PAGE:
I was surprised to read in the Wall Street Journal last week that fewer children are playing team sports today than four years ago. Losing the most ground are basketball, baseball and soccer (all down 7 to 8 percent) while ice hockey is up 64 percent and lacrosse is up 158 percent. Experts can’t agree on why. Some blame video games and others the time pressure of high school extra-curriculars. http://tinyurl.com/mxehxvo

The number one best selling book for the middle grades is currently “Wonder,” by RJ Palacio. The book is about a boy with a facial deformity who enters a mainstream school. The number one book series is the “Divergent” trilogy (which I loved) and which is soon to be a movie. On other lists … The Alex Awards are given to 10 books written for adults that have special appeal to young adults, ages 12 through 18. The recent winners are:

“Brewster,” by Mark Slouka

“The Death of Bees,” by Lisa O’Donnell

“Golden Boy,” by Abigail Tarttelin

“Help for the Haunted,” by John Searles

“Lexicon,” by Max Barry

“Lives of Tao,” by Wesley Chu

“Mother, Mother,” by Koren Zailcka

“Relish,” by Lucy Knisley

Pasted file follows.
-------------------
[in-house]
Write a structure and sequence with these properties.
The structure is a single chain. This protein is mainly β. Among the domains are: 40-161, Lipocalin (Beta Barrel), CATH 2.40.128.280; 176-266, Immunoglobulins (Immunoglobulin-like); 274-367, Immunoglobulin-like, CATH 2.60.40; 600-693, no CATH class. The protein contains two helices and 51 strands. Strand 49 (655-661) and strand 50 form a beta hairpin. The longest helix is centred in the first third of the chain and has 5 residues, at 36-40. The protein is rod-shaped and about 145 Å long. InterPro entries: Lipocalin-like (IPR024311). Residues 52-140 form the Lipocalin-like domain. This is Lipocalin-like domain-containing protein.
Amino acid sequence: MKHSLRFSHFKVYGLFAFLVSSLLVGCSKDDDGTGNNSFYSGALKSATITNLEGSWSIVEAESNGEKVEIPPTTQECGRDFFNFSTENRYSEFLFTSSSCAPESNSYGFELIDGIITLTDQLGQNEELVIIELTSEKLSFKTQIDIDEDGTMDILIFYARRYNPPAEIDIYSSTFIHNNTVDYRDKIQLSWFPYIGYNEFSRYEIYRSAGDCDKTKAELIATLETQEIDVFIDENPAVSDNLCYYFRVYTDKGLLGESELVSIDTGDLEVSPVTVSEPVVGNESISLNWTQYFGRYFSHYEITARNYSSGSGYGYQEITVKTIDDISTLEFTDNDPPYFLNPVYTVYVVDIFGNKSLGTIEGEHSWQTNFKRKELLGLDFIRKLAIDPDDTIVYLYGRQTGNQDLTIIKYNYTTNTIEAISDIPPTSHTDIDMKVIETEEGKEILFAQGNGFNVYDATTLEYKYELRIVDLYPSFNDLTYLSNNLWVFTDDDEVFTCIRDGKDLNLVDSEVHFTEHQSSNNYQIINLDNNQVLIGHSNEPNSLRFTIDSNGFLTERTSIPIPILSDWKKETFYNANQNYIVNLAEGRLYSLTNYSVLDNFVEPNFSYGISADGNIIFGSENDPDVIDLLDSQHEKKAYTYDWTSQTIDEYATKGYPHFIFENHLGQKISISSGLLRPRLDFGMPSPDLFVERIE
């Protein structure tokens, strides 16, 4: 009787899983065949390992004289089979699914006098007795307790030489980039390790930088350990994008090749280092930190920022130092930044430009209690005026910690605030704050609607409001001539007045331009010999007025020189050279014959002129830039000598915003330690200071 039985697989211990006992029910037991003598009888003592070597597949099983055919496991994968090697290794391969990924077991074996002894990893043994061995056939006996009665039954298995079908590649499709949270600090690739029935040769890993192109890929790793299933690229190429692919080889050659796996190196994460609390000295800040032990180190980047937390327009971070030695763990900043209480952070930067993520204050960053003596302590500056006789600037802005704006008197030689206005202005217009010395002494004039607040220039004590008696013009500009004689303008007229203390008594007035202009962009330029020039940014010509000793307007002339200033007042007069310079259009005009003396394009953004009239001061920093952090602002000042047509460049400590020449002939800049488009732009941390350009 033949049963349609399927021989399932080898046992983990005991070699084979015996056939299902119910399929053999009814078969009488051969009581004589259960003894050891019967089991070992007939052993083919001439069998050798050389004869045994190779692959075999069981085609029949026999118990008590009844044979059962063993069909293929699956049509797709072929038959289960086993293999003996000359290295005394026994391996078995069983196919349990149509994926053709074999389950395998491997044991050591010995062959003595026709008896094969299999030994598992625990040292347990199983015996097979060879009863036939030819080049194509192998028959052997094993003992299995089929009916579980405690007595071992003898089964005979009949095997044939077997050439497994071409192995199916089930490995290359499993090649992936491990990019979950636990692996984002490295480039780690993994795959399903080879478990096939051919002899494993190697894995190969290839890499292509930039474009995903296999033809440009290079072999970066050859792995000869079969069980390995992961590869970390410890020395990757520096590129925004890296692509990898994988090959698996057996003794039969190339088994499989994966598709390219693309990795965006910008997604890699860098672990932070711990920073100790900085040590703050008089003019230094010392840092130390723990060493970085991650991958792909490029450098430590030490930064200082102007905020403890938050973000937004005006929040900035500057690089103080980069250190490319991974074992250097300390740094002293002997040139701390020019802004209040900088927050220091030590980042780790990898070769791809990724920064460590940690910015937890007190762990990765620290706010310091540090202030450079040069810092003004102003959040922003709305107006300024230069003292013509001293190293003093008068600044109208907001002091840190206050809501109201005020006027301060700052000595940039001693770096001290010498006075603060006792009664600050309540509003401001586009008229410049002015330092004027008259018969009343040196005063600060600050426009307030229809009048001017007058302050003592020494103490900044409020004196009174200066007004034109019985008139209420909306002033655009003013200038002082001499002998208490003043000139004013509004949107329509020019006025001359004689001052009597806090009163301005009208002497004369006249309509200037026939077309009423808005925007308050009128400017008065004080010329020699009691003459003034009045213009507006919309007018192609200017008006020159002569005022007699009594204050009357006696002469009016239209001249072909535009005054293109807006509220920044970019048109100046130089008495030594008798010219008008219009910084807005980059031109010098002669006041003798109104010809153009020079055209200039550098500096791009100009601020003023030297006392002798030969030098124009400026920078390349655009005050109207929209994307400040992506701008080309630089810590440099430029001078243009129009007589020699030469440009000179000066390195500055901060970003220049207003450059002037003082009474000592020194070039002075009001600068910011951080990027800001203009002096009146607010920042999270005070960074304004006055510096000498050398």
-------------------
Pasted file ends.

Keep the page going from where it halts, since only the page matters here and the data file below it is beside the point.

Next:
“The Sea of Tranquility,” by Katja Millay

“The Universe Versus Alex Woods,” by Gavin Extence

If your child loves musical theater then you might want to head over to Rohnert Park for “Annie Get Your Gun,” from Feb. 14 to 23. For tickets, call the Spreckels Box Office at 588-3400 or visit: http://tinyurl.com/kgjyq3n

The latest issue of National Geographic is all about the science of the brain. How we learn is a hot topic and scientists seem to be making impressive strides in better understanding brain function, all of which bodes well as educators apply that knowledge in our classrooms. The February issue underlines the point that “scientists are learning so much about the brain now that it’s easy to forget that for much of history we had no idea at all how it worked or even what it was.” Also on the magazine’s website are some great brain games and activities pegged to current events, like the Olympics. education.nationalgeographic.com

Sonoma Market is having a Valentine’s Day See’s Candy sale and the proceeds will benefit Adele Harrison Middle School’s outdoor education program, and yearbooks for those students who can’t afford them.

ArtEscape is having its free Sunday Art Play Day from 11 a.m. to 3 p.m. on Sunday, Feb. 23, for ages 2 and up. Kids will decorate a small wood box. Free and no registration required. 17474-A Sonoma Hwy.